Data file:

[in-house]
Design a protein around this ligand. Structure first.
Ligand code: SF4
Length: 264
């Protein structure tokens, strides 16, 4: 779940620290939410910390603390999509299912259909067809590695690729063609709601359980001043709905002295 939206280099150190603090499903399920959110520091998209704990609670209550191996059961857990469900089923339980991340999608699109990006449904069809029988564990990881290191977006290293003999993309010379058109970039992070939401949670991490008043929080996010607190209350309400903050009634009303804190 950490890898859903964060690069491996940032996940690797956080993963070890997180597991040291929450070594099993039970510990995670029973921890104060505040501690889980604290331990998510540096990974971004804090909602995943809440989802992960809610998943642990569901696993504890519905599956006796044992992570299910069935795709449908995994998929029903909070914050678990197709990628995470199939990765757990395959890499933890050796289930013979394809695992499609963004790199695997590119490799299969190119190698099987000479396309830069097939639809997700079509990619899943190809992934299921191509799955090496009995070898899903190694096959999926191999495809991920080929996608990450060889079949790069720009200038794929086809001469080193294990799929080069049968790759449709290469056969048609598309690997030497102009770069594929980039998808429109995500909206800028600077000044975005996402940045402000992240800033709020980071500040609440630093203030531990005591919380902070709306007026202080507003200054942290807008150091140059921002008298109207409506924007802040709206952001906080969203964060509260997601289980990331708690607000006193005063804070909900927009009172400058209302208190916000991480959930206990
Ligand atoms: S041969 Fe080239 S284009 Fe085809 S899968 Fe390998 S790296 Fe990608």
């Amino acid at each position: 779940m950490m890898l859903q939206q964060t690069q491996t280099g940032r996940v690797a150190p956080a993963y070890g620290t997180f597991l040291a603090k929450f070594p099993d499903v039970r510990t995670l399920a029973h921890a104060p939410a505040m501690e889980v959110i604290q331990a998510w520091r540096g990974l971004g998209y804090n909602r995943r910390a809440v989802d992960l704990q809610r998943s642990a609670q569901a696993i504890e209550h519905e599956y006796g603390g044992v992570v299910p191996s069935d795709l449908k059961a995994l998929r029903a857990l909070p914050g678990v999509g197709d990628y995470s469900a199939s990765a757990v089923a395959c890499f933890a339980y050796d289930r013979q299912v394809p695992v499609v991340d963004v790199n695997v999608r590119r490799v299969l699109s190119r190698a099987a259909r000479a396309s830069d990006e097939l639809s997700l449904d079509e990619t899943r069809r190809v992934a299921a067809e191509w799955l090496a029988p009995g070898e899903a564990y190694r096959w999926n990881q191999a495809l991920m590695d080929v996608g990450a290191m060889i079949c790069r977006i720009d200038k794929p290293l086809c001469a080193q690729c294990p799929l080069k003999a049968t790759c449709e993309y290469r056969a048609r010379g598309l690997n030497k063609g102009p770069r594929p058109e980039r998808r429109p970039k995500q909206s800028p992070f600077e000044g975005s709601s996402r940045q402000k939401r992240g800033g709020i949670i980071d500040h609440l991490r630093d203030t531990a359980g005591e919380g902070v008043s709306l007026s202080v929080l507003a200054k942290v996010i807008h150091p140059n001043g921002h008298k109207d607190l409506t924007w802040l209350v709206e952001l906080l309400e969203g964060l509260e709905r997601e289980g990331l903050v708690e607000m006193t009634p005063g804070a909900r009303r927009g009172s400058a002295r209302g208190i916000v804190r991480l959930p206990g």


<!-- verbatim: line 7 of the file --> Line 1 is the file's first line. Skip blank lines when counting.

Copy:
């Amino acid at each position: 779940m950490m890898l859903q939206q964060t690069q491996t280099g940032r996940v690797a150190p956080a993963y070890g620290t997180f597991l040291a603090k929450f070594p099993d499903v039970r510990t995670l399920a029973h921890a104060p939410a505040m501690e889980v959110i604290q331990a998510w520091r540096g990974l971004g998209y804090n909602r995943r910390a809440v989802d992960l704990q809610r998943s642990a609670q569901a696993i504890e209550h519905e599956y006796g603390g044992v992570v299910p191996s069935d795709l449908k059961a995994l998929r029903a857990l909070p914050g678990v999509g197709d990628y995470s469900a199939s990765a757990v089923a395959c890499f933890a339980y050796d289930r013979q299912v394809p695992v499609v991340d963004v790199n695997v999608r590119r490799v299969l699109s190119r190698a099987a259909r000479a396309s830069d990006e097939l639809s997700l449904d079509e990619t899943r069809r190809v992934a299921a067809e191509w799955l090496a029988p009995g070898e899903a564990y190694r096959w999926n990881q191999a495809l991920m590695d080929v996608g990450a290191m060889i079949c790069r977006i720009d200038k794929p290293l086809c001469a080193q690729c294990p799929l080069k003999a049968t790759c449709e993309y290469r056969a048609r010379g598309l690997n030497k063609g102009p770069r594929p058109e980039r998808r429109p970039k995500q909206s800028p992070f600077e000044g975005s709601s996402r940045q402000k939401r992240g800033g709020i949670i980071d500040h609440l991490r630093d203030t531990a359980g005591e919380g902070v008043s709306l007026s202080v929080l507003a200054k942290v996010i807008h150091p140059n001043g921002h008298k109207d607190l409506t924007w802040l209350v709206e952001l906080l309400e969203g964060l509260e709905r997601e289980g990331l903050v708690e607000m006193t009634p005063g804070a909900r009303r927009g009172s400058a002295r209302g208190i916000v804190r991480l959930p206990g």